7 Tips for Banishing Pregnancy Cravings
Ice cream for dinner? Pickles wrapped in processed cheese? Salsa straight from the jar? If you’re pregnant, you’ve likely experienced similar strange cravings.
While cravings are normal and it’s okay to treat yourself, over-indulging can have negative impacts on your health, even when you’re pregnant.
In this guide, we will outline what pregnancy cravings are and 7 tips you can use to control them.
How Soon Do Pregnancy Cravings Start?
About 50 to 90% of pregnant women experience a specific food craving, according to a scientific review. By week 13, 76% of women reported yearning for at least one food. Commonly craved foods include sweet and spicy foods and foods high in carbohydrates. According to WebMD, only about 10% of pregnant women desire fruits and vegetables.
Many women also experience a desire for strange food combinations, such as pickles and ice cream. In fact, the funny online cookbook Pickles and Ice Cream showcases some of the bizarre recipes expecting women create.
Cravings usually start before the end of the first trimester and involve an intense desire for a certain flavor or texture. During the second trimester, your desire for specific foods will become the most intense but will usually subside in the third trimester.
Once you give birth, your cravings will likely completely go away, or, at the very least, you’ll crave the food less often.
Are Pregnancy Cravings Normal?
Why do pregnancy cravings occur? Doctors aren’t exactly sure and there’s no one answer. One possibility is that the body craves the nutrients it needs. For example, a craving for processed cheese could represent the need for more sodium.
You may also find yourself craving foods that you disliked before pregnancy. Or you may discover that foods you previously loved now make you nauseous just from the smell—but it’s not just in your head. Studies show that high hormone levels during pregnancy can change your sense of taste and smell—which may explain the strange combination cravings.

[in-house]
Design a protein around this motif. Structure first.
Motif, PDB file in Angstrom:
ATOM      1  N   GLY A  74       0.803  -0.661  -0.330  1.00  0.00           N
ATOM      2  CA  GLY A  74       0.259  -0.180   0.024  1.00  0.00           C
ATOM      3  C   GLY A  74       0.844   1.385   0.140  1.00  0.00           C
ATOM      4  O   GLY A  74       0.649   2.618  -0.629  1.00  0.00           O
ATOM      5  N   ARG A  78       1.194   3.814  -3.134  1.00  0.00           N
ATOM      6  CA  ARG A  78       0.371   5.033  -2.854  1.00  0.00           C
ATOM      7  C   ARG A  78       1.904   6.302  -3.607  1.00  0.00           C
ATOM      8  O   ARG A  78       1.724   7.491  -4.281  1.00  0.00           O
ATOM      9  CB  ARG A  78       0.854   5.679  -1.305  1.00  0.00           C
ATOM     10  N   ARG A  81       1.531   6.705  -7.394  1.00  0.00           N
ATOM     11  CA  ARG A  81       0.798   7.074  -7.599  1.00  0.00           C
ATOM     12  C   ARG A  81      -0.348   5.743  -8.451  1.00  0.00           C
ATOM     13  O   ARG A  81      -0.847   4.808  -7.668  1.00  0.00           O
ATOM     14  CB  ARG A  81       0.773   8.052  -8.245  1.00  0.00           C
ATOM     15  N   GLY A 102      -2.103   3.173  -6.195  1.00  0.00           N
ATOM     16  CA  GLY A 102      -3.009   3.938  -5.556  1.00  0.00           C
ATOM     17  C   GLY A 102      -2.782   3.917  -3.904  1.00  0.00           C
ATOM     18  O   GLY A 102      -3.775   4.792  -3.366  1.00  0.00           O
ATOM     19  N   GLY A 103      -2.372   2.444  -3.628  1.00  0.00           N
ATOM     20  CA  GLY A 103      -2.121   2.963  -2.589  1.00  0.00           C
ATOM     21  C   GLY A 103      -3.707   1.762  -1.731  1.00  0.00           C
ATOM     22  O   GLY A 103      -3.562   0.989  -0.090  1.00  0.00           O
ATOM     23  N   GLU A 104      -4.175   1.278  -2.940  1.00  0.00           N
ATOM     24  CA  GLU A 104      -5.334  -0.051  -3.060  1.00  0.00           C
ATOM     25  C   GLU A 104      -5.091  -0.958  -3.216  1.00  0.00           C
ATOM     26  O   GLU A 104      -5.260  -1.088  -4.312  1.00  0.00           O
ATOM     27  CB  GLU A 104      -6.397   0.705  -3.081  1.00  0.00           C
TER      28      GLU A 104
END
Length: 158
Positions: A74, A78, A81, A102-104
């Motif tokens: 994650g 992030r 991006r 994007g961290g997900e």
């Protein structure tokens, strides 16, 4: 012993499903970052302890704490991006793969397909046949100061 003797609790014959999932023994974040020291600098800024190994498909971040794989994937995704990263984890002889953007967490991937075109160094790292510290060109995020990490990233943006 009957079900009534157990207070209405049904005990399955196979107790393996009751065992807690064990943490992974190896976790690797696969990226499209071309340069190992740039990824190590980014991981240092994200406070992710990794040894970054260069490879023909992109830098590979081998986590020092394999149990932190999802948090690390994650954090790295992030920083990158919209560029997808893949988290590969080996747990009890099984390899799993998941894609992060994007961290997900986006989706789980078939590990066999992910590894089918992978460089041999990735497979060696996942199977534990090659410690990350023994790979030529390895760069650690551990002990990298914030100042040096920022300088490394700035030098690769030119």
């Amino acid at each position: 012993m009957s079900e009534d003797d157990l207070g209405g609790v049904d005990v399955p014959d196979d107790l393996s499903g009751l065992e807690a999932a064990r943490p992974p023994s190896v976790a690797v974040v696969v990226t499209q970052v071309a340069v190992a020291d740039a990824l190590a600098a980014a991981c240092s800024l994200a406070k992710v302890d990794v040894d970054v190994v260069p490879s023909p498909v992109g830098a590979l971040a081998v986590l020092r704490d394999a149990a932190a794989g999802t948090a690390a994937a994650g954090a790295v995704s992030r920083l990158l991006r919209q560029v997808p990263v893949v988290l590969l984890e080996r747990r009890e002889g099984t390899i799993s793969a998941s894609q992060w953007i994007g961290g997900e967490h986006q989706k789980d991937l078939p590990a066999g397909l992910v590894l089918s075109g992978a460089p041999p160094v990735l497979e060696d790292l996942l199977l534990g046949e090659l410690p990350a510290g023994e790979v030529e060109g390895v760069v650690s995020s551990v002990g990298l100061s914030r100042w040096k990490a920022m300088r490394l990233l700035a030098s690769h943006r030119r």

The desire for weird flavors is normal during pregnancy. However, if you start craving non-edible items (such as dirt or soap), you should see your doctor. Having an appetite for items with no nutritional value can be a symptom of pica, an eating disorder that can be dangerous to you and your baby.
While you are eating for two, you only need about 300-500 extra calories daily, depending on which trimester you’re in. Cravings can be strong when you’re expecting, but you should still aim for a healthy, balanced diet and avoid overeating. Excessive weight gain during pregnancy can increase your chances of gestational diabetes, labor problems and preeclampsia (dangerously high blood pressure).
7 Pregnancy Craving Remedies
Find Out What You’re Actually Craving
One theory is that the mother will crave the nutrients her body needs. Next time you have a craving, pause and ask yourself what the food contains and try to find a healthier alternative. It may also help to consider what type of food you’re craving: Crunchy, smooth, hot, sweet, etc.
Experiment to see if your cravings can be fulfilled by healthier foods.
- A craving for a burger and fries may mean that your body is seeking out sodium and protein. Consider eating chicken or beef with a healthy source of sodium, such as spinach or beets.
- A craving for a rich ice cream may mean your body is asking for fat or calcium. Consider eating Greek yogurt or drinking a glass of milk.
- A craving for chocolate could mean your body needs more magnesium. Healthier sources of magnesium include beans, nuts, green vegetables and whole grains.
On the flip side, many pregnant women have aversions to alcohol, coffee and soda. Some people believe this is the body’s way of protecting a baby from harmful substances.
Although experimenting with your cravings is fine, it’s worth noting that some studies don’t show a link between cravings and nutritional requirements.
Vow Not to Deprive Yourself Again
Women who do not allow themselves to eat certain types of food may binge when they become pregnant. When they’re not pregnant, they have a diet mentality. When they’re expecting, they see it as a time to treat themselves, which may lead to cravings for foods they usually deprive themselves of. Studies show that attempted food restriction is associated with cravings for the same food (ever heard of the saying, “you want what you can’t have?).